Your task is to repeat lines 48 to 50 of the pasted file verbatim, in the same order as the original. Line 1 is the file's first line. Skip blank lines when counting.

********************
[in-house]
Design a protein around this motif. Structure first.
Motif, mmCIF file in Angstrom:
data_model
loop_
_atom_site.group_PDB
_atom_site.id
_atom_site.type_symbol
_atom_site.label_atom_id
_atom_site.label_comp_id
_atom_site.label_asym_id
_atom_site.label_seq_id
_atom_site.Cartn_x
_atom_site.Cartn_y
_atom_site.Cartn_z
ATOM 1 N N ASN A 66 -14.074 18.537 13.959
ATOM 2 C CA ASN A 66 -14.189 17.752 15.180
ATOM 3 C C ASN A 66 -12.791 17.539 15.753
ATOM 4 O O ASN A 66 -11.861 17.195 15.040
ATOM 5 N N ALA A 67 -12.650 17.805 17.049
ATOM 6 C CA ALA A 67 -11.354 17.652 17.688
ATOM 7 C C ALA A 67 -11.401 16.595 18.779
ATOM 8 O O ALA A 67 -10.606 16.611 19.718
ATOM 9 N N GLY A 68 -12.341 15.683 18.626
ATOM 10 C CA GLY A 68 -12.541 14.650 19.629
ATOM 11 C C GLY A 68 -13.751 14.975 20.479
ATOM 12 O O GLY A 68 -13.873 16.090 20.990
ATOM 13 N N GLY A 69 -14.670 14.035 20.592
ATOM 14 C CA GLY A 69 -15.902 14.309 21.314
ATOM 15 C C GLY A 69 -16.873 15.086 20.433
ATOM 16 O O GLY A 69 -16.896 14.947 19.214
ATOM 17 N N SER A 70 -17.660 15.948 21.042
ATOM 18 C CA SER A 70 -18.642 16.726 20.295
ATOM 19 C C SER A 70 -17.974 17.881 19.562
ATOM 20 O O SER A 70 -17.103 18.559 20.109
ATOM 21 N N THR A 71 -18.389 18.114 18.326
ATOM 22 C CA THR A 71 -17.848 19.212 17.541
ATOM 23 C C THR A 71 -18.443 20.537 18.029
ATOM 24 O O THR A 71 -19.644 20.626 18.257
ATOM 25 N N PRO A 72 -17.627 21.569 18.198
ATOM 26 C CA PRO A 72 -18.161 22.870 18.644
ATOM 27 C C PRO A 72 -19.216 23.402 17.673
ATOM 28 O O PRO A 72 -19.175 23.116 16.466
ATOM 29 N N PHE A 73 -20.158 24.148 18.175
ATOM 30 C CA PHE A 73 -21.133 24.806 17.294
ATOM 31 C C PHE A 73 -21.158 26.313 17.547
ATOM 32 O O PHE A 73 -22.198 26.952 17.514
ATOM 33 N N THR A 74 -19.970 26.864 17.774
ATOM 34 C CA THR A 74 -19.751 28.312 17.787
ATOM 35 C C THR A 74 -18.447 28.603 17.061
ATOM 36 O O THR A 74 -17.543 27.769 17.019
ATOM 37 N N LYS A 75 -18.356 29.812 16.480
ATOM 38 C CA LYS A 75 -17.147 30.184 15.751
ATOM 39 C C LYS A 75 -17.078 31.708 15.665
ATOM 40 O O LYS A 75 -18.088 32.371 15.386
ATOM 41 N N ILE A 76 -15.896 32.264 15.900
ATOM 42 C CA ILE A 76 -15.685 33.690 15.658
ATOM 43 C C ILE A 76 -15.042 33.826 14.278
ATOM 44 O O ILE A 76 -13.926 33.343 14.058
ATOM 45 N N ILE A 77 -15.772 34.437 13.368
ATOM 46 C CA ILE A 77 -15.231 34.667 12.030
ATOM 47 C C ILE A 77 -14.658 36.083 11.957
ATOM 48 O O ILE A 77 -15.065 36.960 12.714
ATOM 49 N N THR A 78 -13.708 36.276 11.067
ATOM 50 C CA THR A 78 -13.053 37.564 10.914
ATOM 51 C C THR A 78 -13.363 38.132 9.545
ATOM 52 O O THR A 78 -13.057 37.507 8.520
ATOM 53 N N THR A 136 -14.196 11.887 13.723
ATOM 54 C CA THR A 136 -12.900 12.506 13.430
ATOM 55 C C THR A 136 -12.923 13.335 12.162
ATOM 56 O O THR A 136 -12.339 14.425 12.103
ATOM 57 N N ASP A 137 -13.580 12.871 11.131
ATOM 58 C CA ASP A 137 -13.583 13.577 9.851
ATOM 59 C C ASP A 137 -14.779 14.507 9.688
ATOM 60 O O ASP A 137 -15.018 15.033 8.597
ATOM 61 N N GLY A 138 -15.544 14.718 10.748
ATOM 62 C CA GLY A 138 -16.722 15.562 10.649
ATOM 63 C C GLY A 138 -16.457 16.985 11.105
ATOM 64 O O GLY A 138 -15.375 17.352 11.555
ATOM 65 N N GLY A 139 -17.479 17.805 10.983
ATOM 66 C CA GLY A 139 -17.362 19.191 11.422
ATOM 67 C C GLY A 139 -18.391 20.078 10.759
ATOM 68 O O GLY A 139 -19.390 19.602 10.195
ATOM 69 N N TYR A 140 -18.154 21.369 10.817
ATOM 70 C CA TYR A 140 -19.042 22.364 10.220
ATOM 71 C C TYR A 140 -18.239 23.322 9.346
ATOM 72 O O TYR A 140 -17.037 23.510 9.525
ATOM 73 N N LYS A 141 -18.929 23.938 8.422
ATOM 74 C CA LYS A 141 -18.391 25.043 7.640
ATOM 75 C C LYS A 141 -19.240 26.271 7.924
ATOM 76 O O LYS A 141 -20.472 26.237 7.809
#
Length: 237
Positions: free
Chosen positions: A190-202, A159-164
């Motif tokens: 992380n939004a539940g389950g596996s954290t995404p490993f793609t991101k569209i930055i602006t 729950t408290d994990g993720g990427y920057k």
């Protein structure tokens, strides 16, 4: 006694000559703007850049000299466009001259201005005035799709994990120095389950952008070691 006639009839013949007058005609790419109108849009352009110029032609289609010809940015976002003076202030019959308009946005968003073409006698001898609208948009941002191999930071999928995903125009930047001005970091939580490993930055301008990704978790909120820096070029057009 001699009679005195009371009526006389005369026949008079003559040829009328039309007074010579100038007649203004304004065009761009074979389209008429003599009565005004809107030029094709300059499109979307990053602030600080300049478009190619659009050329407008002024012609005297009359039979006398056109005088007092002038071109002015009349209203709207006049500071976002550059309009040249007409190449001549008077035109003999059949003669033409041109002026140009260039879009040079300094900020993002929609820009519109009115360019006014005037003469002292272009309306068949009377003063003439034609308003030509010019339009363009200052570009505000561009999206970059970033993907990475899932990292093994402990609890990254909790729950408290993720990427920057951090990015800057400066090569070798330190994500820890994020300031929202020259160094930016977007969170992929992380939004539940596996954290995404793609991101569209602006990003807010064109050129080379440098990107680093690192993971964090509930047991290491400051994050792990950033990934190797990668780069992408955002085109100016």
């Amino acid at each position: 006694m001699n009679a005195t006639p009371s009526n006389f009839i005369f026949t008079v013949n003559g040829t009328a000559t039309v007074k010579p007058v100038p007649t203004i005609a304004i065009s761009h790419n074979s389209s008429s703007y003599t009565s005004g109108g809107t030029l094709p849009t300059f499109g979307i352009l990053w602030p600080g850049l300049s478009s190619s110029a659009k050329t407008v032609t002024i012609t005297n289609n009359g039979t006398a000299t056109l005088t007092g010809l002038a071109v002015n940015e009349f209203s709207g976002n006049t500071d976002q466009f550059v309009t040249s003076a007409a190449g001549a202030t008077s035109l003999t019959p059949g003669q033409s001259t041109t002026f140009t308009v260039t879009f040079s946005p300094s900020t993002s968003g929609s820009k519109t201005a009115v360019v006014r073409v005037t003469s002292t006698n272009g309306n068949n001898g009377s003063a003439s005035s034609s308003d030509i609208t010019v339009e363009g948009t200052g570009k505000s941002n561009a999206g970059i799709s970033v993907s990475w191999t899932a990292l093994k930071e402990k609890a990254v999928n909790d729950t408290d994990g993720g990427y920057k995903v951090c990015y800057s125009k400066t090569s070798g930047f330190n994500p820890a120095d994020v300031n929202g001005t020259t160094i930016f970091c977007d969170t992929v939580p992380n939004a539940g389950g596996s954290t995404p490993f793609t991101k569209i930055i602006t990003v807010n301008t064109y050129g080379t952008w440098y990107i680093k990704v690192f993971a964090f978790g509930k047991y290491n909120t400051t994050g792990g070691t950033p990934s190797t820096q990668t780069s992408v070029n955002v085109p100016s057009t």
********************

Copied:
ATOM 33 N N THR A 74 -19.970 26.864 17.774
ATOM 34 C CA THR A 74 -19.751 28.312 17.787
ATOM 35 C C THR A 74 -18.447 28.603 17.061